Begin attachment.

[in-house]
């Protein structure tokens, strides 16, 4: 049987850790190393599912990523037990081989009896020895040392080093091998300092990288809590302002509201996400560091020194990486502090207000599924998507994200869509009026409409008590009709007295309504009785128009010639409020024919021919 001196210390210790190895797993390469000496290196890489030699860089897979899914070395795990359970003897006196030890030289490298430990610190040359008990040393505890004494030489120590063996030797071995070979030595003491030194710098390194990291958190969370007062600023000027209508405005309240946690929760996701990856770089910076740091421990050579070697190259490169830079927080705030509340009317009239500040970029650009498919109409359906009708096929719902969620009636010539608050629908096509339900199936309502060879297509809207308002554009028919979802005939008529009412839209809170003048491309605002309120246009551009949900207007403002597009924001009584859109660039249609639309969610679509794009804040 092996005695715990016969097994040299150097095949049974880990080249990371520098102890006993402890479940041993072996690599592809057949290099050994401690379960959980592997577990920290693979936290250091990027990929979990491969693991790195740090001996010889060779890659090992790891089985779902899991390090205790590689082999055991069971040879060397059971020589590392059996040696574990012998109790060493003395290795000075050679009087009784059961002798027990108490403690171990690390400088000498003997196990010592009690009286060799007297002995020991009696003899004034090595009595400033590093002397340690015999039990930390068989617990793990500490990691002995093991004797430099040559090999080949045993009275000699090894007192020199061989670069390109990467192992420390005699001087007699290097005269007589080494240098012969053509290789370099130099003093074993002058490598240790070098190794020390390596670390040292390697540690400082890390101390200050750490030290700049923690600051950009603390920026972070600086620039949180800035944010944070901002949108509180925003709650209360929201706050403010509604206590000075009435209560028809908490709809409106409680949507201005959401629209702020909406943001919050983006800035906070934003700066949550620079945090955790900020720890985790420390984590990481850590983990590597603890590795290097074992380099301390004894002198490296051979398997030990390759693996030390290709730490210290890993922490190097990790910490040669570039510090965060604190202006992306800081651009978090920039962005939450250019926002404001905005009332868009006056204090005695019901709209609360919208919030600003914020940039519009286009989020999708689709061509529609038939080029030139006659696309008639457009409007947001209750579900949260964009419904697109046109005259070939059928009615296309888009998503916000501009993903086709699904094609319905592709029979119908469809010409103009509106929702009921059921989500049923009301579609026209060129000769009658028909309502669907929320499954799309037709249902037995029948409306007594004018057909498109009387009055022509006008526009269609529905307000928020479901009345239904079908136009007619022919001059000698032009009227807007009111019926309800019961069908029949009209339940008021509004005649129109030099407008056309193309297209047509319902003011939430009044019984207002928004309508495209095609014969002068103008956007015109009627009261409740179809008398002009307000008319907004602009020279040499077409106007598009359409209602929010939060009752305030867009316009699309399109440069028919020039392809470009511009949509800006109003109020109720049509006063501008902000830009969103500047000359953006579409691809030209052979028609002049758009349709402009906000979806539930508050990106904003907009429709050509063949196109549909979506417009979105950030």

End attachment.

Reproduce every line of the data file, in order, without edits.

[in-house]
């Protein structure tokens, strides 16, 4: 049987850790190393599912990523037990081989009896020895040392080093091998300092990288809590302002509201996400560091020194990486502090207000599924998507994200869509009026409409008590009709007295309504009785128009010639409020024919021919 001196210390210790190895797993390469000496290196890489030699860089897979899914070395795990359970003897006196030890030289490298430990610190040359008990040393505890004494030489120590063996030797071995070979030595003491030194710098390194990291958190969370007062600023000027209508405005309240946690929760996701990856770089910076740091421990050579070697190259490169830079927080705030509340009317009239500040970029650009498919109409359906009708096929719902969620009636010539608050629908096509339900199936309502060879297509809207308002554009028919979802005939008529009412839209809170003048491309605002309120246009551009949900207007403002597009924001009584859109660039249609639309969610679509794009804040 092996005695715990016969097994040299150097095949049974880990080249990371520098102890006993402890479940041993072996690599592809057949290099050994401690379960959980592997577990920290693979936290250091990027990929979990491969693991790195740090001996010889060779890659090992790891089985779902899991390090205790590689082999055991069971040879060397059971020589590392059996040696574990012998109790060493003395290795000075050679009087009784059961002798027990108490403690171990690390400088000498003997196990010592009690009286060799007297002995020991009696003899004034090595009595400033590093002397340690015999039990930390068989617990793990500490990691002995093991004797430099040559090999080949045993009275000699090894007192020199061989670069390109990467192992420390005699001087007699290097005269007589080494240098012969053509290789370099130099003093074993002058490598240790070098190794020390390596670390040292390697540690400082890390101390200050750490030290700049923690600051950009603390920026972070600086620039949180800035944010944070901002949108509180925003709650209360929201706050403010509604206590000075009435209560028809908490709809409106409680949507201005959401629209702020909406943001919050983006800035906070934003700066949550620079945090955790900020720890985790420390984590990481850590983990590597603890590795290097074992380099301390004894002198490296051979398997030990390759693996030390290709730490210290890993922490190097990790910490040669570039510090965060604190202006992306800081651009978090920039962005939450250019926002404001905005009332868009006056204090005695019901709209609360919208919030600003914020940039519009286009989020999708689709061509529609038939080029030139006659696309008639457009409007947001209750579900949260964009419904697109046109005259070939059928009615296309888009998503916000501009993903086709699904094609319905592709029979119908469809010409103009509106929702009921059921989500049923009301579609026209060129000769009658028909309502669907929320499954799309037709249902037995029948409306007594004018057909498109009387009055022509006008526009269609529905307000928020479901009345239904079908136009007619022919001059000698032009009227807007009111019926309800019961069908029949009209339940008021509004005649129109030099407008056309193309297209047509319902003011939430009044019984207002928004309508495209095609014969002068103008956007015109009627009261409740179809008398002009307000008319907004602009020279040499077409106007598009359409209602929010939060009752305030867009316009699309399109440069028919020039392809470009511009949509800006109003109020109720049509006063501008902000830009969103500047000359953006579409691809030209052979028609002049758009349709402009906000979806539930508050990106904003907009429709050509063949196109549909979506417009979105950030």